What health problems are related to Agent Orange exposure?

VA has recognized certain cancers and other health problems as related to exposure to Agent Orange and other herbicides. Learn about Veterans' diseases associated with Agent Orange exposure and birth defects in children of Vietnam-era Veterans.

I’m a Veteran and think I have a disability related to Agent Orange exposure. How can I get VA compensation?

First, apply for disability compensation. You can apply for disability compensation online. Visit VA’s Guide on Agent Orange Claims to learn more about the evidence you need to submit and the claims process.

Do I need to prove that I was exposed to Agent Orange to be eligible for health services related to Agent Orange exposure?

If you served in Vietnam or another area where Agent Orange was sprayed, you do not have to prove that you were exposed to Agent Orange in order to get health benefits related to Agent Orange exposure, including the Agent Orange Registry examination. VA automatically recognizes that you may have been exposed to Agent Orange and therefore are eligible for services. Contact the Environmental Health Coordinator or Patient Care Advocate at the nearest VA medical center to schedule an examination.

What does the Agent Orange Registry examination involve? Does it cost anything?

The Agent Orange Registry examination is free for Veterans who may have been exposed to Agent Orange. Health professionals will ask you about possible exposure to herbicides in Vietnam and take a medical history. They also will perform a physical examination, which includes a series of basic laboratory tests, such as a chest X-ray (if appropriate), urinalysis, and blood tests. If medically required, consultations with other health specialists are scheduled. Contact the Environmental Health Coordinator or Patient Care Advocate at the nearest VA medical center to schedule an examination.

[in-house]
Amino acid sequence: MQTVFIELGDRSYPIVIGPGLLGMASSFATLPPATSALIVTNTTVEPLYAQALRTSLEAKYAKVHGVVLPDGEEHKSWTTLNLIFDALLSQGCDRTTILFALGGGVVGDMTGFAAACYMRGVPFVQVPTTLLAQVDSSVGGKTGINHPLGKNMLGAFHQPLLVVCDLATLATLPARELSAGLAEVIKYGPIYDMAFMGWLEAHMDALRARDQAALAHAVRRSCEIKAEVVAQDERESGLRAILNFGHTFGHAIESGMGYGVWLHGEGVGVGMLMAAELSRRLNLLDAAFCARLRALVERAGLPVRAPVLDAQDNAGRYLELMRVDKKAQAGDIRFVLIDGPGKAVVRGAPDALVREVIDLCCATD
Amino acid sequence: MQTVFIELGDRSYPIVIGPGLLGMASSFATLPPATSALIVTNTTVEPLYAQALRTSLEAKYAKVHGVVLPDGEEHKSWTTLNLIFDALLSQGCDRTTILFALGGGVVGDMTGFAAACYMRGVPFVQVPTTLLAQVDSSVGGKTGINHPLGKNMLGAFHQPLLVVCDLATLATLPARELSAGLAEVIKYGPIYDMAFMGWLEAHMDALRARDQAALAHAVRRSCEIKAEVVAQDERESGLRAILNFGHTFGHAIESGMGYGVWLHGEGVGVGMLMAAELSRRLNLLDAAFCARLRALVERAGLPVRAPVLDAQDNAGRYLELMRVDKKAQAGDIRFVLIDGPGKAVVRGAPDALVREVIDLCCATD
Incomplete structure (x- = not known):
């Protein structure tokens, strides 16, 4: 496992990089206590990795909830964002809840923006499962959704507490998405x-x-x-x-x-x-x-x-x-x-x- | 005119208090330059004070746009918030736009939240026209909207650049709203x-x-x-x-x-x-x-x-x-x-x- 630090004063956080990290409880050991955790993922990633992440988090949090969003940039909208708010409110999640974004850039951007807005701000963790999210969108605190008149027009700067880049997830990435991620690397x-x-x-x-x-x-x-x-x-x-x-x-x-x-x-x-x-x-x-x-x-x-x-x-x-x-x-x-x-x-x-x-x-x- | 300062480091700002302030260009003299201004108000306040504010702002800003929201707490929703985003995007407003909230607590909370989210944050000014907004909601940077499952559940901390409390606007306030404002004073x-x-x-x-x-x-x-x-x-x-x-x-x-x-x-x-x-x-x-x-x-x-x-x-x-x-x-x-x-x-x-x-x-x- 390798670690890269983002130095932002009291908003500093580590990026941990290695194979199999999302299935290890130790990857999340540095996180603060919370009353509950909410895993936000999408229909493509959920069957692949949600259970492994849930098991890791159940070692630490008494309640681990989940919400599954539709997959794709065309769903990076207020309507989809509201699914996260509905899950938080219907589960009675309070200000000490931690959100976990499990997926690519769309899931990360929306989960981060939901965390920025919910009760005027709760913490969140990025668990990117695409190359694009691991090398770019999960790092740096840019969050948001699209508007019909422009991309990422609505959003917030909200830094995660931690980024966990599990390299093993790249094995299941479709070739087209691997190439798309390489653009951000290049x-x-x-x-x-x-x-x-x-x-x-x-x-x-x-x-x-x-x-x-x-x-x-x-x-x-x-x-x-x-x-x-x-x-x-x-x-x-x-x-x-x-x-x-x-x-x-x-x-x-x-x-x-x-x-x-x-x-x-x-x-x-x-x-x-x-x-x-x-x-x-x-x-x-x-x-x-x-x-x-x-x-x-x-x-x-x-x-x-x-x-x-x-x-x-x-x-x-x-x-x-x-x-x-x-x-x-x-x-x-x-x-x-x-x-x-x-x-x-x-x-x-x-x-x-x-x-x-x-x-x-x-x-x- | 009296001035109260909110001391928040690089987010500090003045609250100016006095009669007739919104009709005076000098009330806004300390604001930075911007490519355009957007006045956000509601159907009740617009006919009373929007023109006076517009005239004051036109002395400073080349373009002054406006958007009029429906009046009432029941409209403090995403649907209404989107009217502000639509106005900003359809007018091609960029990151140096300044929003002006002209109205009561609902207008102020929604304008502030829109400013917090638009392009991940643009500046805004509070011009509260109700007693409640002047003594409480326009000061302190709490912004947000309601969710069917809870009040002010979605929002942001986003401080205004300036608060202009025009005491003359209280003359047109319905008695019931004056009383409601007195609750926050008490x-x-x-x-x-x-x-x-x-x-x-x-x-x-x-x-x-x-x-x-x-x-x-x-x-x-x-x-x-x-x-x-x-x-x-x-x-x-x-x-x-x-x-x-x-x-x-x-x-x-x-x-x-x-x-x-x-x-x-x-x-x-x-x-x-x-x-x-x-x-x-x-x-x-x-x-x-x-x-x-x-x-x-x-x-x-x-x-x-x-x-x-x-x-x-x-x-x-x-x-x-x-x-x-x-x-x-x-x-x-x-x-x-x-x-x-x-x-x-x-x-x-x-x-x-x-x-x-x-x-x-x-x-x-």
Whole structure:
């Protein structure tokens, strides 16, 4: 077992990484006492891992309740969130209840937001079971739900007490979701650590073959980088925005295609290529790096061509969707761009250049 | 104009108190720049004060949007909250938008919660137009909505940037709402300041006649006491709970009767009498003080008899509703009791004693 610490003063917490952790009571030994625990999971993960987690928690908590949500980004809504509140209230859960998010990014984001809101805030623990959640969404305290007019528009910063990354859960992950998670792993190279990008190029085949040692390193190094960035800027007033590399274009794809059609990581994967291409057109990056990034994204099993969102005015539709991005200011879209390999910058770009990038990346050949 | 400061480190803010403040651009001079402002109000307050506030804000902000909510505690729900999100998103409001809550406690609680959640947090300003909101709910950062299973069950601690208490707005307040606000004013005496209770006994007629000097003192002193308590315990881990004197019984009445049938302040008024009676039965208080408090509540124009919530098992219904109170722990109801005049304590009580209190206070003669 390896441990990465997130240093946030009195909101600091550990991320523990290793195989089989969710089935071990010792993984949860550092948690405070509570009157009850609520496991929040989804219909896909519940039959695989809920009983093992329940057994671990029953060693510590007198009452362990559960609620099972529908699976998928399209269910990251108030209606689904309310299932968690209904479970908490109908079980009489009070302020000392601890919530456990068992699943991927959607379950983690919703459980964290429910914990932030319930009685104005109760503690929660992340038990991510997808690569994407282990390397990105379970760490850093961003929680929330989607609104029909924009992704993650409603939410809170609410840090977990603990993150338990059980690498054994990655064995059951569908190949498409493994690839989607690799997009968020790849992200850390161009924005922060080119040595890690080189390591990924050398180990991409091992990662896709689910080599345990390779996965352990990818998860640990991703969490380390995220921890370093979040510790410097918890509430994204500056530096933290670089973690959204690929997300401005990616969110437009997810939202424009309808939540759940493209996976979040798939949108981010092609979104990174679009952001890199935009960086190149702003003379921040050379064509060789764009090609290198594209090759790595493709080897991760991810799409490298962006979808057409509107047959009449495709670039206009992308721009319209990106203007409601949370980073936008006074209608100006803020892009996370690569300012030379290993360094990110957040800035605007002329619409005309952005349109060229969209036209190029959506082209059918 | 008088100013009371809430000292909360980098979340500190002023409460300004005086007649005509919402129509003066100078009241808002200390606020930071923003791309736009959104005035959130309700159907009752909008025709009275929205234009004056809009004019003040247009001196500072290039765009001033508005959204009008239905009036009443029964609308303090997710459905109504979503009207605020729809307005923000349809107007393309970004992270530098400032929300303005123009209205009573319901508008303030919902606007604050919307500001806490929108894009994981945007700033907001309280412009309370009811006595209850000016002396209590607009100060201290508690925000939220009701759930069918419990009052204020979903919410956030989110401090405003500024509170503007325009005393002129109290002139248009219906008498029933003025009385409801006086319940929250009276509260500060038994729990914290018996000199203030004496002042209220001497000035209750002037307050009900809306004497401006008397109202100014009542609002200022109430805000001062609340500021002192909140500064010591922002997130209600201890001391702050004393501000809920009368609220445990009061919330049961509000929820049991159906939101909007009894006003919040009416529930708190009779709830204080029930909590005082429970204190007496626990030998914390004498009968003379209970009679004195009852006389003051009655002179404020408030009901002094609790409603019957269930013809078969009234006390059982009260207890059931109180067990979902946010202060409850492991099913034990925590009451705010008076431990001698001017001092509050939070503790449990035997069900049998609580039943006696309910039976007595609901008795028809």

What other Veterans besides Vietnam Veterans are eligible for the Agent Orange Registry?





 

Veterans who may have been exposed to dioxin or other toxic substances in a herbicide or defoliant during a military operation or as a result of testing, transporting, or spraying herbicides for military purposes may be eligible for the Agent Orange Registry health examination. Contact the Environmental Health Coordinator or Patient Care Advocate at the nearest VA medical center to schedule an examination.

Why should Veterans participate in the Agent Orange Registry Examination?

Sometimes Veterans think they are in good health, but are worried that exposure to Agent Orange and other substances may have caused some hidden illnesses. A complete medical examination that does not show any problems can be reassuring. All examination and test results are entered into the confidential Agent Orange Registry and also are kept in the Veteran’s permanent medical record.